Indian tribes in the region had been making raids upon the white settlers on the frontier over the past few years, and the intensity of the raids had increased during the early part of 1769. Certain of the traders working in this part of the Province of Pennsylvania were supplying the Indian marauders with the goods, including powder and lead, which they needed to continue their raiding forays. The settlers were greatly angered over this activity and appealed to the British authority stationed at Fort Bedford to put a stop to it. Finding that the soldiers at Fort Bedford intended to do nothing to safeguard them, the settlers banded together under the name of the Black Boys to carry out their own form of protection: namely to attack and destroy the trader's packtrains. (The name "Black Boys" had been adopted by the citizen army which had, in 1765, banded together to attack Fort Loudon in order to secure the freedom of a group of citizens who had been arrested for being suspected of attacking and destroying a trader's shipment of goods to the Indians. Captain James Smith had led a group of volunteers to free the captured citizens; they blackened their faces with soot in order to conceal their identities and thus acquired the name of the Black Boys. Camping outside of the fort, the group captured as many soldiers as they could in the area and then traded them for the imprisoned citizens.) The group of citizen vigilantes succeeded in destroying a large quantity of lead and gunpowder, but wound up being captured and thrust into the imprisonment in the guard house at Fort Bedford by the British garrison there. Captain Smith, hearing of the Fort Bedford incident, gathered together eighteen of his original Black Boys and made preparations to free those held in the fort. The small party made their way to Fort Bedford despite being informed that the commandant of the fort was aware of their plan. He had found the idea amusing that a band of eighteen would even attempt to attack the fort and felt nothing would come of it. Smith and his men arrived outside of the fort during the night and concealed themselves near the gate. As dawn was breaking, Smith and his Black Boys made a dash through it, hidden partly by the early morning mist and took possession of the arms which were routinely stacked upon one spot in the fort's yard. While a local blacksmith was brought to free the prisoners from their legirons, the Black Boys kept watch over the British troops.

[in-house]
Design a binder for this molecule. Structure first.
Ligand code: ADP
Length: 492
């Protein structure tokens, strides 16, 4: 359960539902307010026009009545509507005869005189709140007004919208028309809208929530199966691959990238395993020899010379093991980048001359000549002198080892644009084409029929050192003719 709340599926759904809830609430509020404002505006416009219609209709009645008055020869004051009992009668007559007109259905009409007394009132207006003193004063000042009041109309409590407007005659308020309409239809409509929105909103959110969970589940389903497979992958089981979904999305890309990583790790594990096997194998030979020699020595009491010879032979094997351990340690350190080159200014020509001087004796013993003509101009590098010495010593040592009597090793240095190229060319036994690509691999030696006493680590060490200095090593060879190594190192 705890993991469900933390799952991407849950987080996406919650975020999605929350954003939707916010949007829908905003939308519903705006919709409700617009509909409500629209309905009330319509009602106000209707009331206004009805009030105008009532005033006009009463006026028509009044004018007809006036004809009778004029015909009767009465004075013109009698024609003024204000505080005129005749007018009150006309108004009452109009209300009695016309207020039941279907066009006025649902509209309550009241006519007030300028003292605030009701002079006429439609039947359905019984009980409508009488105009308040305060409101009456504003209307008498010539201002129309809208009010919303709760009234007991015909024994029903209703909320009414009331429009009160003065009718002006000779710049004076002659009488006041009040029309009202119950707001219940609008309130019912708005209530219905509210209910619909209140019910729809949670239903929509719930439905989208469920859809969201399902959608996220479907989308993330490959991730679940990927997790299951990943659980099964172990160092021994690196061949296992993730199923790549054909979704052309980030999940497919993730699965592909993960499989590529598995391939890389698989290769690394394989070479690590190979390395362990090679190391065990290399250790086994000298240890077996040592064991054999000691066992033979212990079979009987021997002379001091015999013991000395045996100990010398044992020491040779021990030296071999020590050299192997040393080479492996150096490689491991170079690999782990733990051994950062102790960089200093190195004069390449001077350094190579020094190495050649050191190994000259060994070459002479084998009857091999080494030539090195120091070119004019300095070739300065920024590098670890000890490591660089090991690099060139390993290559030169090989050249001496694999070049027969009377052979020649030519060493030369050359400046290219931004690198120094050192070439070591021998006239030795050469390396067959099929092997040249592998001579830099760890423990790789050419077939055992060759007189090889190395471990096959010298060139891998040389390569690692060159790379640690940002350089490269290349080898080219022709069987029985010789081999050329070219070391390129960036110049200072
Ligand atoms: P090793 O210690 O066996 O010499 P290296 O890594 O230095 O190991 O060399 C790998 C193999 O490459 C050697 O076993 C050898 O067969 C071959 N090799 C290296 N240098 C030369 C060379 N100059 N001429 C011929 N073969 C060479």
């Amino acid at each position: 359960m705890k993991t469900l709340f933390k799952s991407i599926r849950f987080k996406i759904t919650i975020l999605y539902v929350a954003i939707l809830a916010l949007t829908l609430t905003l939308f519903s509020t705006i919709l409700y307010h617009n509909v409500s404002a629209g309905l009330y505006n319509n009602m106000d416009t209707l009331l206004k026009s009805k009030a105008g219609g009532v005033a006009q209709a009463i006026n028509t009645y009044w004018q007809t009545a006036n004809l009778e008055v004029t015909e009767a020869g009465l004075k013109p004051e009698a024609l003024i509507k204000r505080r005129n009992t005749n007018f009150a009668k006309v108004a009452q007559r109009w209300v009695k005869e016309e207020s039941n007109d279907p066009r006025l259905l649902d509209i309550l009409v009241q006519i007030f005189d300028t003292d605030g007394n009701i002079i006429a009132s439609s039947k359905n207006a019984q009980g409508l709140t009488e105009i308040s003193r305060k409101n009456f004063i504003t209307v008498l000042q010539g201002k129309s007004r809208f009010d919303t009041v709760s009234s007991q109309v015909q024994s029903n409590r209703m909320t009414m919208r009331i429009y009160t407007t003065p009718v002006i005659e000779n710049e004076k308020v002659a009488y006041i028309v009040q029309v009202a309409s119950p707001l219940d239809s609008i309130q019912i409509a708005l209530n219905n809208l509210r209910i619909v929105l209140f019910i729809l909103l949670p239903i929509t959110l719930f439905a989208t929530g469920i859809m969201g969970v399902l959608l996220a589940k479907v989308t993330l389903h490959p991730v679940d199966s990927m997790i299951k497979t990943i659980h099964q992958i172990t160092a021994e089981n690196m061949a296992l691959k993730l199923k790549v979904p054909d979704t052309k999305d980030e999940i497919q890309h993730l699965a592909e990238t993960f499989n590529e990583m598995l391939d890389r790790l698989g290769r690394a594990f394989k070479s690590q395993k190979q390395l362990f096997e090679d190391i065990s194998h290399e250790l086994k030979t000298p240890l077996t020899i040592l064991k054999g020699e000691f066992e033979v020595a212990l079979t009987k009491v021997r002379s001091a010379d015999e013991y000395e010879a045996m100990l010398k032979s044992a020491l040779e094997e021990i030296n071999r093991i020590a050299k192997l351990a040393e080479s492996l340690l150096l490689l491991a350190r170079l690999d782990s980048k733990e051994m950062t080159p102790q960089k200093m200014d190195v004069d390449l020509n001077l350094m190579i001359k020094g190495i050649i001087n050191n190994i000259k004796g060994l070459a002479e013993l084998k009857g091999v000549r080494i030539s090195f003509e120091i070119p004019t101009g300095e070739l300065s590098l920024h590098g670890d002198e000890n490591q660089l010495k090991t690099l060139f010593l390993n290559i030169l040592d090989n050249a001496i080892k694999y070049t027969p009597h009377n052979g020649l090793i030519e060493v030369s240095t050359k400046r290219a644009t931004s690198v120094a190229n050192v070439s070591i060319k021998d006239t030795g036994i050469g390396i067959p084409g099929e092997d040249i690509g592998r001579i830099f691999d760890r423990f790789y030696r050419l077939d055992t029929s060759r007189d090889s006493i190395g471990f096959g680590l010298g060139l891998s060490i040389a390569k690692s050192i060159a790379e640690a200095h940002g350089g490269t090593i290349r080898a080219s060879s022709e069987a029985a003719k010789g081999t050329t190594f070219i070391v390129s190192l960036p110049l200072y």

Despite the fact that the garrison was later freed by Captain Smith and returned to the British commandant, the incident remains as the first on record in which a British fort was attacked and captured by American Rebels. This incident points toward one of the most basic of all the reasons why the majority of the settlers of Bedford County became supporters of the Patriot cause. The British forces stationed throughout the American colonies were not sympathetic to the unique problems faced by the Americans, such as the threat of Indian attack. The Americans, especially those settling on the frontier, realized that their defense from the Indians was not one of Britain's immediate concerns. The Indian incursions, encouraged by the British, that stretched into the second half of the 1780s would be this frontier region's primary preoccupation during the Revolutionary War.